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various orders a sarcastic irony not unworthy to be compared with Pascal's. And if in his stately solemnity Taylor sometimes indulges in overmuch amplification, he shows himself nevertheless, upon occasion, a master of terse, vigorous, vernacular phraseology. His controversial treatises are not written in the florid style of his sermons; in truth, nothing is more remarkable than the instinctive tact with which he adapts the style to the subject, though, no doubt, his strain is always pitched in a key somewhat too high for modern ears. Nor does his exuberant fancy preclude the exercise of remarkable keenness and subtlety. Mr. Hallam thought that Taylor could never have made a great lawyer. We are by no means of his opinion. The author of the Ductor Dubitantium' might surely have been a great equity, lawyer ; and both his excellencies and his defects fitted him for the profession of an advocate. For he is always rather rhetorician than philosopher; he does not reason up to his conclusions; he takes à proposition and defends it by ingenious arguments; and he shows great skill in discovering and attacking the weak points in his opponent's case. When we add to these qualifications his power of getting up' a subject and of finding apt language and ready illustration, we surely have before us the very ideal of a successful candidate for the highest honours of the bar. But we believe that a genuine vocation brought Taylor into the ranks of the priesthood; he could not have borne to waste his splendid powers on fines and recoveries, or in making the worse appear the better reason ; his arguments may sometimes be rather specious than sound, but they are always employed in favour of what he believed to be just, and true, and noble.

His great defect is a certain want of masculine firmness and vigour; his intellect and fancy are dominant over his will. Hence, we sometimes desiderate a greater force of rough moral indignation; he disapproves rather than condemns; he rather shows the ugliness of evil than dashes it from him as a twining monster; perhaps he hardly knew it nearly enough to be really moved to loathe its deformity. Where Milton would thunder and South would spurn, Taylor deprecates. But, apart from this cardinal defect, how noble is his character! He is unstained, so far as we know, by any suspicion of intrigue or meanness; his personal sweetness and attractiveness seem to have been as manifest as Shakspeare's; we can well imagine the gentler spirits of a disturbed time joyfully adopting him as a 'ghostly father. As long, probably, as Englishmen retain a taste for elevated thought, pure aspiration, and quaint imagery clothed in rich and ornate diction, so long will Jeremy Taylor retain his high place in our literature.


ART. V.-1. Die Lehre der Tonempfindungen als physiologische

Grundlage für die Theorie der Musik. Von H. Helmholtz, Professor der Physiologie an der Universität zu Heidelberg.

Brunswick, 1865. 2. Histoire générale de la Musique. Tomes I. II. Par F. J.

Fétis. Paris, 1869. 3. Philosophie de la Musique. Par Charles Beauquier. Paris, 1866. 4. History of Modern Music. By John Hullah. London, 1862. 5. A Course of Lectures on the Transition Period of Musical

History. By John Hullah. 1865. ONEITHER the enjoyment nor the capacity of producing

N musical notes are faculties of the least direct use to man in reference to his ordinary habits of life.' So says Mr. Darwin ;* and yet, a little further on, we read :- I conclude that musical notes and rhythm were first acquired by the male or female progenitor of mankind for the sake of charming the opposite sex.' We may leave the reader to reconcile these two ingenious statements, the last of which seems to be in contradiction to the first. To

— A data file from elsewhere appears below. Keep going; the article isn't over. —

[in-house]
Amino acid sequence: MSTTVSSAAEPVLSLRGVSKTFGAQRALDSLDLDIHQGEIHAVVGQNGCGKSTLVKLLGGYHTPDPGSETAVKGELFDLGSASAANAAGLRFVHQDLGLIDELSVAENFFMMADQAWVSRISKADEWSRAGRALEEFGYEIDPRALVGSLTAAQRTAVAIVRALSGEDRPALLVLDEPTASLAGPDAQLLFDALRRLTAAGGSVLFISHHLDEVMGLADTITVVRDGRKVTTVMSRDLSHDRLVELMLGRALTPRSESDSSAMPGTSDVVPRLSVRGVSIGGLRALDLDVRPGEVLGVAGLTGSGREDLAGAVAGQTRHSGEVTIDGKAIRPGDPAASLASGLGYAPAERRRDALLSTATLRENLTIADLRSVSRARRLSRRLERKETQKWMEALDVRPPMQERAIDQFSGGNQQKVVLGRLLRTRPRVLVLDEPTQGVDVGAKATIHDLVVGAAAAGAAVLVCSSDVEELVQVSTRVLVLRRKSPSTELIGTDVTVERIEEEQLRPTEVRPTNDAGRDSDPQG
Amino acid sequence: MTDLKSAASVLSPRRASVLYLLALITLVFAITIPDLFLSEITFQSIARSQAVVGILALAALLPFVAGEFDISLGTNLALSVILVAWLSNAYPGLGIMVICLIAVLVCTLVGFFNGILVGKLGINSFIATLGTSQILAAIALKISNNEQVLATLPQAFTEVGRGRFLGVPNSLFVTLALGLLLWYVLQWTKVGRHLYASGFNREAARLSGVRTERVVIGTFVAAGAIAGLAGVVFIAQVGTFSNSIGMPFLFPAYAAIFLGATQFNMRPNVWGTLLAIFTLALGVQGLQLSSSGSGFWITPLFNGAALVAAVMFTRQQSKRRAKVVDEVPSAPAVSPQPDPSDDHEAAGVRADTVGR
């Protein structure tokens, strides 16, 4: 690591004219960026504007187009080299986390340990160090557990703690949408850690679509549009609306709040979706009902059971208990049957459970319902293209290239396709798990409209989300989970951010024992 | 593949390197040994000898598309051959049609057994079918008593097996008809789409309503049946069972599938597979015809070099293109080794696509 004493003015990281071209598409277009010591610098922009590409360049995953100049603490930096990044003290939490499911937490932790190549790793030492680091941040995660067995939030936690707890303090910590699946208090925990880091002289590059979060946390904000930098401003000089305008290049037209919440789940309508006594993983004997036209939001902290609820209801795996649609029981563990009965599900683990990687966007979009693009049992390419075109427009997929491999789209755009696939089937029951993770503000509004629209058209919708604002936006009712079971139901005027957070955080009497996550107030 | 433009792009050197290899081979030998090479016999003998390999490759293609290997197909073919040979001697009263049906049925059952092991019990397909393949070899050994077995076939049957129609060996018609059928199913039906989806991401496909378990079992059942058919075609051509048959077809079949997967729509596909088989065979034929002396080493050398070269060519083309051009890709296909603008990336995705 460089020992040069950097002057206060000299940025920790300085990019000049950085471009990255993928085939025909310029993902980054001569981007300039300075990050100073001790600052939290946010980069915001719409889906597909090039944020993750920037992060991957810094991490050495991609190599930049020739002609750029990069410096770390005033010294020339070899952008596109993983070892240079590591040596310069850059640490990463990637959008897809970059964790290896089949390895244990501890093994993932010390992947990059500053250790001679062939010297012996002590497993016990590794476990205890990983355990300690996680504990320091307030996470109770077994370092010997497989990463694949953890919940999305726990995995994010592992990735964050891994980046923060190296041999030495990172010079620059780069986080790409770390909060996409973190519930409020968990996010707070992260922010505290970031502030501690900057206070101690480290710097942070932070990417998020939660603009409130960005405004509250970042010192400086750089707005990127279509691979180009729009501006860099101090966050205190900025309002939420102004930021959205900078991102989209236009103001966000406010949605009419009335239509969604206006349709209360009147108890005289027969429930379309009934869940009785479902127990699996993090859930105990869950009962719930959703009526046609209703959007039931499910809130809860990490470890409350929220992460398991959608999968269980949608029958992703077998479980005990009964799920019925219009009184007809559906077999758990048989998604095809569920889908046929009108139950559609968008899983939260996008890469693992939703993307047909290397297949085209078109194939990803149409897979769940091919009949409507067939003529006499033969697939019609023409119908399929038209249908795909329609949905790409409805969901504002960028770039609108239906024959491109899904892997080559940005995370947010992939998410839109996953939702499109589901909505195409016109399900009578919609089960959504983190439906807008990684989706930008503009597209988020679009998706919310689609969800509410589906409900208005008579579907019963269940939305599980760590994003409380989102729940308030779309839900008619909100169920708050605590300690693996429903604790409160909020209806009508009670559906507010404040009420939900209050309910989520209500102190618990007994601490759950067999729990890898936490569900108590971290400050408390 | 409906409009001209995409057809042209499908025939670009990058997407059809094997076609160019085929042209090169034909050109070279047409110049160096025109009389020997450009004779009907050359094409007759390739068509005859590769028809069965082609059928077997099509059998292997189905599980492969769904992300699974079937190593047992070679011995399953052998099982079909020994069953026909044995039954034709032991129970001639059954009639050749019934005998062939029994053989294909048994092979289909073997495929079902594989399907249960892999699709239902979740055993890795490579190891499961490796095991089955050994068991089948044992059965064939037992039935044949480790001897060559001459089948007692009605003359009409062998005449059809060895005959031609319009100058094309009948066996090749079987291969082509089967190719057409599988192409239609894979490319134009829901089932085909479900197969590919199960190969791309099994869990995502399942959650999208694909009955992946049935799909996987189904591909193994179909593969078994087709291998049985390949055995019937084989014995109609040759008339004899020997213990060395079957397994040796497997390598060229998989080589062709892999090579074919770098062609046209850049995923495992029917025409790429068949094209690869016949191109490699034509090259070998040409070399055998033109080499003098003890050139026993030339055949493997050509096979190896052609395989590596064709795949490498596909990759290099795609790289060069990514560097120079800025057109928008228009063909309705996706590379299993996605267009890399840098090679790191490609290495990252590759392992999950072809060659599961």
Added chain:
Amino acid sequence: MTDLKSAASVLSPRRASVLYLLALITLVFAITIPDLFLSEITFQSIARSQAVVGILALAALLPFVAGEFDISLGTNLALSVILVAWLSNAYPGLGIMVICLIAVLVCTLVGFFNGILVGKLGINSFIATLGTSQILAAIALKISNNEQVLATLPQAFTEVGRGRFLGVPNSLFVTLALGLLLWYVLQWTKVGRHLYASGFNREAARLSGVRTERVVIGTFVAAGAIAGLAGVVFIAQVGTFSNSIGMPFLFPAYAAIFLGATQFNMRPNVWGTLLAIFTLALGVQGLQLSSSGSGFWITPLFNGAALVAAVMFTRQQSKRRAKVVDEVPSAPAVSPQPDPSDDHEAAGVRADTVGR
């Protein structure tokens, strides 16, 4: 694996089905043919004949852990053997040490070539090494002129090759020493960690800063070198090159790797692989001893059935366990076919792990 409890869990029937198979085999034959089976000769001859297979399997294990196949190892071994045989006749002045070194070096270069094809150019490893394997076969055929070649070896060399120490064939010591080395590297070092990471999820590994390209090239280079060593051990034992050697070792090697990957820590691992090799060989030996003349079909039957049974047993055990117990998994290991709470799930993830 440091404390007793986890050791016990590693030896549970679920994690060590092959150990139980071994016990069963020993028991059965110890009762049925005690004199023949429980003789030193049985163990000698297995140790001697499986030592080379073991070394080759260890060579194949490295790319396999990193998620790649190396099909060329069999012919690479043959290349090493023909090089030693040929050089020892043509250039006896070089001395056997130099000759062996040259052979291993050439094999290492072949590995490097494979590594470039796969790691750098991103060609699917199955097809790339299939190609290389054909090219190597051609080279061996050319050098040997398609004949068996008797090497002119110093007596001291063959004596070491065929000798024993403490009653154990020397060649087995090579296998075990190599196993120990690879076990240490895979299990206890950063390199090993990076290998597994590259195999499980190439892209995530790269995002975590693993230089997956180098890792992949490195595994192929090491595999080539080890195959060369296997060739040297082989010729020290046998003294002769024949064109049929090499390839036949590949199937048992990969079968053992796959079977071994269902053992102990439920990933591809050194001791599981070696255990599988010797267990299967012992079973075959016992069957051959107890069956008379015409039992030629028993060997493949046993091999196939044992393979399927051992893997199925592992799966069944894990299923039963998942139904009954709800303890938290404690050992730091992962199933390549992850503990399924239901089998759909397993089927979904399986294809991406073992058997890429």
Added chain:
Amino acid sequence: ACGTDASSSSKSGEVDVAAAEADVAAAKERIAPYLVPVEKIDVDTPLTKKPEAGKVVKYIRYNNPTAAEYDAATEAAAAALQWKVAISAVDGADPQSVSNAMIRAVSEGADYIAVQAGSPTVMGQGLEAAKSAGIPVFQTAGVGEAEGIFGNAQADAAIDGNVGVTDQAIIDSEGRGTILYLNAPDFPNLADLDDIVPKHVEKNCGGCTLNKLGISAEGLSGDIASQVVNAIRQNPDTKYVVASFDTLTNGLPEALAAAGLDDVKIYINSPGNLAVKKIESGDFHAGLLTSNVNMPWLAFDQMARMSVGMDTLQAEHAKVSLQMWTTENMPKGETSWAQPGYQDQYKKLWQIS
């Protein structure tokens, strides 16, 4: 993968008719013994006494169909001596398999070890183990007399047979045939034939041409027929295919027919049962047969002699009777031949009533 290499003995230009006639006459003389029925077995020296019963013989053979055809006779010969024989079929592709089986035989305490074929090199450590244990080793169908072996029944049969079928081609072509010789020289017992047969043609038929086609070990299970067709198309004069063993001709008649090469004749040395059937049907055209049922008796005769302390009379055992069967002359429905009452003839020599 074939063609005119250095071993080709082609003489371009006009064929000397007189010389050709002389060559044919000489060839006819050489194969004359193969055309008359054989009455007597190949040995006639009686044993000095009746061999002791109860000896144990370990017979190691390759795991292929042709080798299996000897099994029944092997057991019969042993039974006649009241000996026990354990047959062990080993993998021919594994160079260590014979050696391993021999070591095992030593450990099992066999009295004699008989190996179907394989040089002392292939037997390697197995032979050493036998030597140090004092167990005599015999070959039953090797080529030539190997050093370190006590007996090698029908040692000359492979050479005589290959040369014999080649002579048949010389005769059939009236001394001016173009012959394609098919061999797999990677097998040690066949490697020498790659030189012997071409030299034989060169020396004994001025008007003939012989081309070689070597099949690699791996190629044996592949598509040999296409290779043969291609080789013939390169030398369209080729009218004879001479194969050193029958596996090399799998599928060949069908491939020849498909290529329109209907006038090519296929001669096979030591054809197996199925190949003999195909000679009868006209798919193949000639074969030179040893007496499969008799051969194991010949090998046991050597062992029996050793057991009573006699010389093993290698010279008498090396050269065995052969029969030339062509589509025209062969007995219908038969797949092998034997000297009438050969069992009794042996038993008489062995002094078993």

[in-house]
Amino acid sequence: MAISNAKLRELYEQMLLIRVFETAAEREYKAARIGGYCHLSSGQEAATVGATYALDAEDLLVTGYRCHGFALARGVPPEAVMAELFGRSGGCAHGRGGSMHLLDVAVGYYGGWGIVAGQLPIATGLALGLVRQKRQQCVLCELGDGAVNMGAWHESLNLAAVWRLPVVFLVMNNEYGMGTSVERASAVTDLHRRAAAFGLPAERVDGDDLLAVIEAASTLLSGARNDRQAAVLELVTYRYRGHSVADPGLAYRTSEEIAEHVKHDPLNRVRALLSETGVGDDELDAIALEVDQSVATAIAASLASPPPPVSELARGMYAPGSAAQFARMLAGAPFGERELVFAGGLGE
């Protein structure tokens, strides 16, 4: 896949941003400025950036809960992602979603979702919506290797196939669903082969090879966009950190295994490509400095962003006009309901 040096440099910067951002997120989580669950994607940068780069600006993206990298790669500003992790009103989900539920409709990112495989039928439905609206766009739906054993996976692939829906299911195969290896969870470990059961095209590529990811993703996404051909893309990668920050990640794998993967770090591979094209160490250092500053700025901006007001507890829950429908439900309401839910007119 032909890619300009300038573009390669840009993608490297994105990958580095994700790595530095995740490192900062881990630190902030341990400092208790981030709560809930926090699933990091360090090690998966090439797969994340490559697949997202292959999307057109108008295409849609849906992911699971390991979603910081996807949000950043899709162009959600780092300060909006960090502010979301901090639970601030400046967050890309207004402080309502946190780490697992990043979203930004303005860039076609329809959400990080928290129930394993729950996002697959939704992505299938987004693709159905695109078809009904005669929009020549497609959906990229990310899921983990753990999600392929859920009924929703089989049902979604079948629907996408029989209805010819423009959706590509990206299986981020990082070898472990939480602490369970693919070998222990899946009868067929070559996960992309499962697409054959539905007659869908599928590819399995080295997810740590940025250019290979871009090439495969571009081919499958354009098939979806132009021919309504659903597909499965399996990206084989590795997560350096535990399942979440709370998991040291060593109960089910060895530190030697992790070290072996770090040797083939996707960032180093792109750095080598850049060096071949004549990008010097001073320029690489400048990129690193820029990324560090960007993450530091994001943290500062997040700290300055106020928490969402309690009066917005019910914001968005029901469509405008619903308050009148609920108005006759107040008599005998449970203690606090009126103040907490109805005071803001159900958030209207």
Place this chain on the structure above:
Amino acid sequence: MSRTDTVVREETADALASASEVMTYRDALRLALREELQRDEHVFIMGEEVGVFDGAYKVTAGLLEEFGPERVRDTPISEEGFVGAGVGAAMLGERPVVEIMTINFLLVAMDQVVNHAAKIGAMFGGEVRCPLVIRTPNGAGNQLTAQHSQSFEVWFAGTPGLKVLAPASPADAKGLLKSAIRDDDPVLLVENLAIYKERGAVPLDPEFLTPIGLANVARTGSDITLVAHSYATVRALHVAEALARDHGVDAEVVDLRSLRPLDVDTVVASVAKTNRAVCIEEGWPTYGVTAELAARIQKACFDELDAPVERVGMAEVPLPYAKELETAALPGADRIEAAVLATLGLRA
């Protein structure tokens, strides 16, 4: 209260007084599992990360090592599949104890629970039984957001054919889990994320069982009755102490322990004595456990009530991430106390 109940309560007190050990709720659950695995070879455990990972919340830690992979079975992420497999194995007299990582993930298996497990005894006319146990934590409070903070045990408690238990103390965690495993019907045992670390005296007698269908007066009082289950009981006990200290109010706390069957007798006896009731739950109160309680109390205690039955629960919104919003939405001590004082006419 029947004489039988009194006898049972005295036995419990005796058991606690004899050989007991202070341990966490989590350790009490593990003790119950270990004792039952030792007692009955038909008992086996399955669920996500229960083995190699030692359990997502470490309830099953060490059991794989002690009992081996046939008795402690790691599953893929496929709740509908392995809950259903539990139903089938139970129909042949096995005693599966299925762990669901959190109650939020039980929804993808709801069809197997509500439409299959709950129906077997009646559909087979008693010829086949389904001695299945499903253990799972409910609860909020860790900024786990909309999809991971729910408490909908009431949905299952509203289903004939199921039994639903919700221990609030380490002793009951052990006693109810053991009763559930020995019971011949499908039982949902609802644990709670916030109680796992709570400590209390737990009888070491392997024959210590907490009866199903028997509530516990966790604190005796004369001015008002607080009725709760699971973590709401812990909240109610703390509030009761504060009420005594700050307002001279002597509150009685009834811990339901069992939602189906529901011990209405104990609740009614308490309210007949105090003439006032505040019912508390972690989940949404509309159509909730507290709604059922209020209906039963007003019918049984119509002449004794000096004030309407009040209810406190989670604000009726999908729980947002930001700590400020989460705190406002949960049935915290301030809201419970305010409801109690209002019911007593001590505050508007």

charm the opposite sex' is surely now, as it has ever been, one of the most ' ordinary habits' of man, and we ought to admit that if the capacity of producing musical notes’ is calculated to help him in this arduous undertaking, then this ó capacity' is of some *direct use' to him. That music has a great many other uses, it is our object on the present occasion to prove: meanwhile, we have quoted the above statements, not because they appear to be in one respect contradictory, but because in them we have the latest scientific testimony concerning the uselessness and the usefulness of music.

The origin of Vocal music has been the subject of much conjecture. Whether we think, with Mr. Darwin, that music was developed from cadences used to charm the opposite sex and expressive of strong emotion ; or, with Mr. Herbert Spencer, that music was developed from the cadences of emotional speech — whether speech preceded music, or music preceded speech-is of little importance to our present inquiry ; in either case, the Singing Art would have to be traced to one and the same root, viz. the vocal expression of emotion through sound. The famous hairy creature with a tail and pointed ears may have been the first distinguished vocalist, for aught we know-at all events, we are not in a position to dispute the fact.

The origin of Instrumental music is not far to seek. We need hardly quarrel with the mythic account. Very likely, the

* “Descent of Man,' vol. ii. p. 333. Vol. 131.–No. 261.


wind blowing into broken reeds as they stood up stiffly in some low marsh-land or river' may have suggested the first rude Panpipe, of which the flute would be a later modification. Dried sea-weed, stretched on rocks or shells, may possibly have been the primitive Æolian lyre, from whence came the harp and guitar. The clapping of hands, or the knocking of two bits of stick together, may have suggested the numerous drum tribe, from whence would come, in due time, every variety of percussion instrument. It is true, when we think of a percussion instrument like the grand piano-forte as derived from knocking two bits of sticks together, or an Erard harp as descended from sea-weed fibres stretched on rocks, or the Crystal Palace organ as having originally come from a few rotten reeds blown upon by the fitful wind, the missing links seem innummerable, but a musical Darwin would make very light of the difficulty ; and, indeed, the difference between Nature's musical instruments and the latest attempts of man in a similar direction is not nearly so great as the difference between that early Ascidian from which the progenitors of man are said to be descended and the highest, not to say the lowest, representative of man with which we are acquainted.